They say you should never meet your heroes, but frankly when it comes to favourite authors of mine I never cared about that. I have seen a few authors but seeing Neil Gaiman was something special, something I had been looking forward to ever since I read the announcement and ordered my ticket almost two months ago.
Do I really have to explain who Neil Gaiman is? If you do not know who he is, you will probably not be interested in this post anyway and you might just as well stop reading. Or, even better, go to the nearest book store, find out about what you are missing out on and then come back.
To promote the publication of his most recent novel – The Graveyard Book – Mr. Gaiman came to London on the 31st of October for a public reading and signing in the Old Theatre of the London School of Economics.
I got there well in time, which meant that I was pretty much in front of the queue and got to see how slowly but surely the foyer was filling with other Gaiman afficionados. The atmosphere was a strange mixture of pop concert and fandom. There were people in costumes (several Deaths amongst them) and business men, who could have easily been mistaken as lecturers at the LSE, if not for the assortment of Neil Gaiman books they were carrying, waiting to be signed. Mind you, I probably looked rather business-ish, as I had travelled to London straight from work, looking like the smart-casual consultant that I am most of the time these days. I have not been to a convention in ages, and all of a sudden I could feel this tingle of excitement. The feeling of being amongst people from completely different backgrounds who nevertheless share the same passion. I know it sounds geeky, it probably is, but what the hell.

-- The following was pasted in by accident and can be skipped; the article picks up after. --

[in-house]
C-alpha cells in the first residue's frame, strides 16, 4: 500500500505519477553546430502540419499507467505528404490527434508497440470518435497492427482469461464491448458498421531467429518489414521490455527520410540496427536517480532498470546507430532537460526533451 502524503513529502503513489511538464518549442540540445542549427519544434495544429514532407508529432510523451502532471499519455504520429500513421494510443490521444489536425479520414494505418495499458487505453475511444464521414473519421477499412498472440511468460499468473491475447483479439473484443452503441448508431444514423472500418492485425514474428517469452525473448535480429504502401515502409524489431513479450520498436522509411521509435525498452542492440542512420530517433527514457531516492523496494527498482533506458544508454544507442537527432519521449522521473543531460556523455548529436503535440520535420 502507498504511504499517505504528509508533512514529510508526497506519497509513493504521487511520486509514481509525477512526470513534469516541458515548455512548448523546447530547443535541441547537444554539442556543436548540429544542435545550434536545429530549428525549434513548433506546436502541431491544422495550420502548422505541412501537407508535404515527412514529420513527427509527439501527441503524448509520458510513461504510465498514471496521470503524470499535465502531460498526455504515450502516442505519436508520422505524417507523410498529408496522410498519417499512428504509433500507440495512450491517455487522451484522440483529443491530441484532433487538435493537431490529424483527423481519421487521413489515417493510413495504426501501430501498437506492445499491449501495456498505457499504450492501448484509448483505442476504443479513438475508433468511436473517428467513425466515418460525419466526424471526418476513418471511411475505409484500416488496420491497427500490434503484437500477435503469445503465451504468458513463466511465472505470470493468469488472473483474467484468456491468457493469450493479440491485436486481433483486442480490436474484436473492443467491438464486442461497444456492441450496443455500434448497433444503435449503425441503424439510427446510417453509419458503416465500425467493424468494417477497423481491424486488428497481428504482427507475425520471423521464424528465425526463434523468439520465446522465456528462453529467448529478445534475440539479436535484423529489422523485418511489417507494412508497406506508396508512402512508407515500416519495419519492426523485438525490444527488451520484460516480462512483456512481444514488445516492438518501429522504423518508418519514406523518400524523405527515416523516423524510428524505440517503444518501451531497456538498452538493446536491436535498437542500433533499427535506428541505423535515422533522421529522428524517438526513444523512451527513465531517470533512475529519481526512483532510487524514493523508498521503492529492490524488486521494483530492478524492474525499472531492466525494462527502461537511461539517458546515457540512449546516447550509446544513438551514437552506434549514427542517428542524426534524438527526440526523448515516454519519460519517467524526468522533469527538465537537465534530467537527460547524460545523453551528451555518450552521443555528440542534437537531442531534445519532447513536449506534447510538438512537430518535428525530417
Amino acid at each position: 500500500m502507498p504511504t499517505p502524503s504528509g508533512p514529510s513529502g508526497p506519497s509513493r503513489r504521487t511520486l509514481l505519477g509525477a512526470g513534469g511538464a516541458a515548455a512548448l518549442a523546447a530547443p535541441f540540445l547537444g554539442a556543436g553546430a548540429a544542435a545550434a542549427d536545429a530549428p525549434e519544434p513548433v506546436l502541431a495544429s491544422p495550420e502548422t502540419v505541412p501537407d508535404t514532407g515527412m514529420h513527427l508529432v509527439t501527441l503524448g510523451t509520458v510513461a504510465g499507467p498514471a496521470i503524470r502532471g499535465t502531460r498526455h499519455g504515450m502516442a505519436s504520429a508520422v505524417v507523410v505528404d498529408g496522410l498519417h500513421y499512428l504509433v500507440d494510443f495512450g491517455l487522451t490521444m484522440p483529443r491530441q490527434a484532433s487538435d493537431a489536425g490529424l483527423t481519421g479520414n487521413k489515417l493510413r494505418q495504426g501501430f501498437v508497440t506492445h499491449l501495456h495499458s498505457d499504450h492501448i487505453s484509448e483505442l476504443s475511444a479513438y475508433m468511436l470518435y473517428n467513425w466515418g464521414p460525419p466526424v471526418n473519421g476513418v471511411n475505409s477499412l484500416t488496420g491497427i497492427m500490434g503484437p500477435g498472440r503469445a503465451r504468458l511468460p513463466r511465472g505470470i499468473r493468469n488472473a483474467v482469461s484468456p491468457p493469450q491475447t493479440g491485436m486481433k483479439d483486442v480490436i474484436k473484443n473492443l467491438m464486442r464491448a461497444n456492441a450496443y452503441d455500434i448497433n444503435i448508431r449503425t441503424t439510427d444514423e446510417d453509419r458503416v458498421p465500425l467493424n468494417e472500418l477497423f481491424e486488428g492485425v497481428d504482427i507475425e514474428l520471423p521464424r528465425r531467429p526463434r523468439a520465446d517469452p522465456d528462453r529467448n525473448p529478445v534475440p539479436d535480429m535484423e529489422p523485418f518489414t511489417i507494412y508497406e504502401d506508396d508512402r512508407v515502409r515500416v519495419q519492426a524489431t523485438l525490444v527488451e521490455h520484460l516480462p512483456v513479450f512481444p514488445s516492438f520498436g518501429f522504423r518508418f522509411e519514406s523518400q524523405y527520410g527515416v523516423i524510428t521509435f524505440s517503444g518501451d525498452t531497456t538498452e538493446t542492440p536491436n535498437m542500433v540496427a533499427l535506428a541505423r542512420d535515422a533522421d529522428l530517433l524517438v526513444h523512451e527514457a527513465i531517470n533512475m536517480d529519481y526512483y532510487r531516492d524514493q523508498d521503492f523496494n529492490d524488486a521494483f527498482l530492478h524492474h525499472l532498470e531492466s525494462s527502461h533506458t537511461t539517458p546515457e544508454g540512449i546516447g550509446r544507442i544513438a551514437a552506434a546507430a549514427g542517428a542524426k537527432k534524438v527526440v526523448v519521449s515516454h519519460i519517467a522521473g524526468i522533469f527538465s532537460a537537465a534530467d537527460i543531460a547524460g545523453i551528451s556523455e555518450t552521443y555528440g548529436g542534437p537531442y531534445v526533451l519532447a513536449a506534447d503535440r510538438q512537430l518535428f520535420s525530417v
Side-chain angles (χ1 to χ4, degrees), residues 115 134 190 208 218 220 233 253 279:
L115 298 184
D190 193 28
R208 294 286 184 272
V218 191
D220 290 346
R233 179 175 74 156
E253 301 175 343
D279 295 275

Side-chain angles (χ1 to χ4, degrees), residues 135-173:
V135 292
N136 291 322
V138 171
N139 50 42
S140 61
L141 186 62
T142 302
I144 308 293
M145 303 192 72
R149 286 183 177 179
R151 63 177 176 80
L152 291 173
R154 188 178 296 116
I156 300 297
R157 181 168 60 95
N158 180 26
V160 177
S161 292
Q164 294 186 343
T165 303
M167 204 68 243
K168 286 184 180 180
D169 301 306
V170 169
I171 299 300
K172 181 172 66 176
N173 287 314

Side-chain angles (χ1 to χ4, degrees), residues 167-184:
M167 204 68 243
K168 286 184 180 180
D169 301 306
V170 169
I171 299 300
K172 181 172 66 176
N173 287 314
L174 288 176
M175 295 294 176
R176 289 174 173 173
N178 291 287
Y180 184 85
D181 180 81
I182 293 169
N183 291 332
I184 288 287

I managed to get a seat in the second row, the first one being reserved for special guests. Whilst this meant that through most of the reading I could only see Mr. Gaiman’s head (leading to the brief consideration whether Neil Gaiman is actually a Futurama character) it also meant that I was sitting right behind Dave McKean, longterm collaborator of Neil and illustrator of the Graveyard Book. Which is a great story to tell, should I ever try to chat up girls who are fans of Dave McKean’s artwork. Or maybe not.
I had already listened to a few recordings of Mr. Gaiman that are out there for free on the web, but if I ever needed any more convincing to get some audiobook recordings of his works (read by him) this was it. Not all authors are good at reading their own works, but not so Neil Gaiman. Not only has he got an amazing voice, he is also an experienced performer with years of practice. The performance was almost flawless and throughout the reading of a whole chapter there was only once or twice a slip of the tongue.
What else can I say? I thouroughly enjoyed spending a Friday night listening to a great storyteller and apparently so did the rest of the audience, all 550 of them, as opposed to going to the pub, or watching a DVD or spending it in front of my laptop. It has been way too long since I’ve done anything like it and it felt good, worth my while, and special.
I don’t feel ashamed to admit that I carried my Absolute Sandman Vol. 1 down to London to have it signed and taking the opportunity to ask Mr. McKean for the same thing. To which he obliged most patiently, considering that he probably had not planned for this and the staff had to open up an ad hoc queue for him as well.
What a great night out! I got to enjoy my geeky side and was part of a crowd of people who essentially came to listen to a story. Something that is very rare nowadays and lamentably so – its stories that make us human.
See some more pictures, unfortunately not the best…